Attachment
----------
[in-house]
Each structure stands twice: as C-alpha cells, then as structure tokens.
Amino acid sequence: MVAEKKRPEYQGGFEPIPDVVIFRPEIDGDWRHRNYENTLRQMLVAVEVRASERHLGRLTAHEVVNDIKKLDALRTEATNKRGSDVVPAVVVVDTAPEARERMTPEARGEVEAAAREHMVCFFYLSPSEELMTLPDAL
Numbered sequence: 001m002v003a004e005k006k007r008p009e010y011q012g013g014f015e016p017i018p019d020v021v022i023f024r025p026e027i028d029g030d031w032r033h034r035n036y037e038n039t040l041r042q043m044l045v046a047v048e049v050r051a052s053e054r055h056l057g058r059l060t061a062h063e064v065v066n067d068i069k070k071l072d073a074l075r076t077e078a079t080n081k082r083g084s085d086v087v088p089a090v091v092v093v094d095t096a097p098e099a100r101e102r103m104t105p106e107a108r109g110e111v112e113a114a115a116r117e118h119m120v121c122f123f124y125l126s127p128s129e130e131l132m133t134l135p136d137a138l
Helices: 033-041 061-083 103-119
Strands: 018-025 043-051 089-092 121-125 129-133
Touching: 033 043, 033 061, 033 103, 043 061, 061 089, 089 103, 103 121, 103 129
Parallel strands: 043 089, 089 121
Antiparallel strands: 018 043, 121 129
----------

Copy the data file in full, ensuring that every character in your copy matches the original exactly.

[in-house]
Each structure stands twice: as C-alpha cells, then as structure tokens.
Amino acid sequence: MVAEKKRPEYQGGFEPIPDVVIFRPEIDGDWRHRNYENTLRQMLVAVEVRASERHLGRLTAHEVVNDIKKLDALRTEATNKRGSDVVPAVVVVDTAPEARERMTPEARGEVEAAAREHMVCFFYLSPSEELMTLPDAL
Numbered sequence: 001m002v003a004e005k006k007r008p009e010y011q012g013g014f015e016p017i018p019d020v021v022i023f024r025p026e027i028d029g030d031w032r033h034r035n036y037e038n039t040l041r042q043m044l045v046a047v048e049v050r051a052s053e054r055h056l057g058r059l060t061a062h063e064v065v066n067d068i069k070k071l072d073a074l075r076t077e078a079t080n081k082r083g084s085d086v087v088p089a090v091v092v093v094d095t096a097p098e099a100r101e102r103m104t105p106e107a108r109g110e111v112e113a114a115a116r117e118h119m120v121c122f123f124y125l126s127p128s129e130e131l132m133t134l135p136d137a138l
Helices: 033-041 061-083 103-119
Strands: 018-025 043-051 089-092 121-125 129-133
Touching: 033 043, 033 061, 033 103, 043 061, 061 089, 089 103, 103 121, 103 129
Parallel strands: 043 089, 089 121
Antiparallel strands: 018 043, 121 129